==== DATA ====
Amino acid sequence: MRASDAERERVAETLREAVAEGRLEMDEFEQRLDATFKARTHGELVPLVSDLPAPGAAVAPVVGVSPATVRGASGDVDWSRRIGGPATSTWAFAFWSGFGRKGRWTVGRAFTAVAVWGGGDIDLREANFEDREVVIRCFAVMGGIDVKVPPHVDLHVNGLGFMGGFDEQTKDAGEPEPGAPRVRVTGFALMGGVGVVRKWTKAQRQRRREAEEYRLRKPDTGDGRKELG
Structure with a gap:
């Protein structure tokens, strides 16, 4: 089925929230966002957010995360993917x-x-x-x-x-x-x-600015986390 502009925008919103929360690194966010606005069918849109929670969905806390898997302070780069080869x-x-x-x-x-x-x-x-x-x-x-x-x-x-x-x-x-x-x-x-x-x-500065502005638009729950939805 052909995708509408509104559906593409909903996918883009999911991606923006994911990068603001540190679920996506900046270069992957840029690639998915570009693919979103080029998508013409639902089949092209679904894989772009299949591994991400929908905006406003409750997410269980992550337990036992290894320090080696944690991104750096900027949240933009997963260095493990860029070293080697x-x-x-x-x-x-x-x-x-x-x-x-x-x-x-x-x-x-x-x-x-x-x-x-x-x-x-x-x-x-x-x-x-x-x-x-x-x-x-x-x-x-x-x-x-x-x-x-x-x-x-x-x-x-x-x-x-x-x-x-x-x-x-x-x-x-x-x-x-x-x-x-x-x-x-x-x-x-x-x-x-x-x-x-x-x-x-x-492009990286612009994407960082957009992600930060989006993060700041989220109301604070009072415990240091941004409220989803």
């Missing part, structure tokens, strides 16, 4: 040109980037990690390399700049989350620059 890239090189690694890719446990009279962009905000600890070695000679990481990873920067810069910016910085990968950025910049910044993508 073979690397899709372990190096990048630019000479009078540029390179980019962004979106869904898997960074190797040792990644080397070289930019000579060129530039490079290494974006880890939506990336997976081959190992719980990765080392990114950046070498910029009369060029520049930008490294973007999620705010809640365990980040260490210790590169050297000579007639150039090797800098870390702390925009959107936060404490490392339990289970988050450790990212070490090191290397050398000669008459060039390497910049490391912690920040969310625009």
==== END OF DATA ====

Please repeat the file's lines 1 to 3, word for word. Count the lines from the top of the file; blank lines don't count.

Amino acid sequence: MRASDAERERVAETLREAVAEGRLEMDEFEQRLDATFKARTHGELVPLVSDLPAPGAAVAPVVGVSPATVRGASGDVDWSRRIGGPATSTWAFAFWSGFGRKGRWTVGRAFTAVAVWGGGDIDLREANFEDREVVIRCFAVMGGIDVKVPPHVDLHVNGLGFMGGFDEQTKDAGEPEPGAPRVRVTGFALMGGVGVVRKWTKAQRQRRREAEEYRLRKPDTGDGRKELG
Structure with a gap:
């Protein structure tokens, strides 16, 4: 089925929230966002957010995360993917x-x-x-x-x-x-x-600015986390 502009925008919103929360690194966010606005069918849109929670969905806390898997302070780069080869x-x-x-x-x-x-x-x-x-x-x-x-x-x-x-x-x-x-x-x-x-x-500065502005638009729950939805 052909995708509408509104559906593409909903996918883009999911991606923006994911990068603001540190679920996506900046270069992957840029690639998915570009693919979103080029998508013409639902089949092209679904894989772009299949591994991400929908905006406003409750997410269980992550337990036992290894320090080696944690991104750096900027949240933009997963260095493990860029070293080697x-x-x-x-x-x-x-x-x-x-x-x-x-x-x-x-x-x-x-x-x-x-x-x-x-x-x-x-x-x-x-x-x-x-x-x-x-x-x-x-x-x-x-x-x-x-x-x-x-x-x-x-x-x-x-x-x-x-x-x-x-x-x-x-x-x-x-x-x-x-x-x-x-x-x-x-x-x-x-x-x-x-x-x-x-x-x-x-492009990286612009994407960082957009992600930060989006993060700041989220109301604070009072415990240091941004409220989803």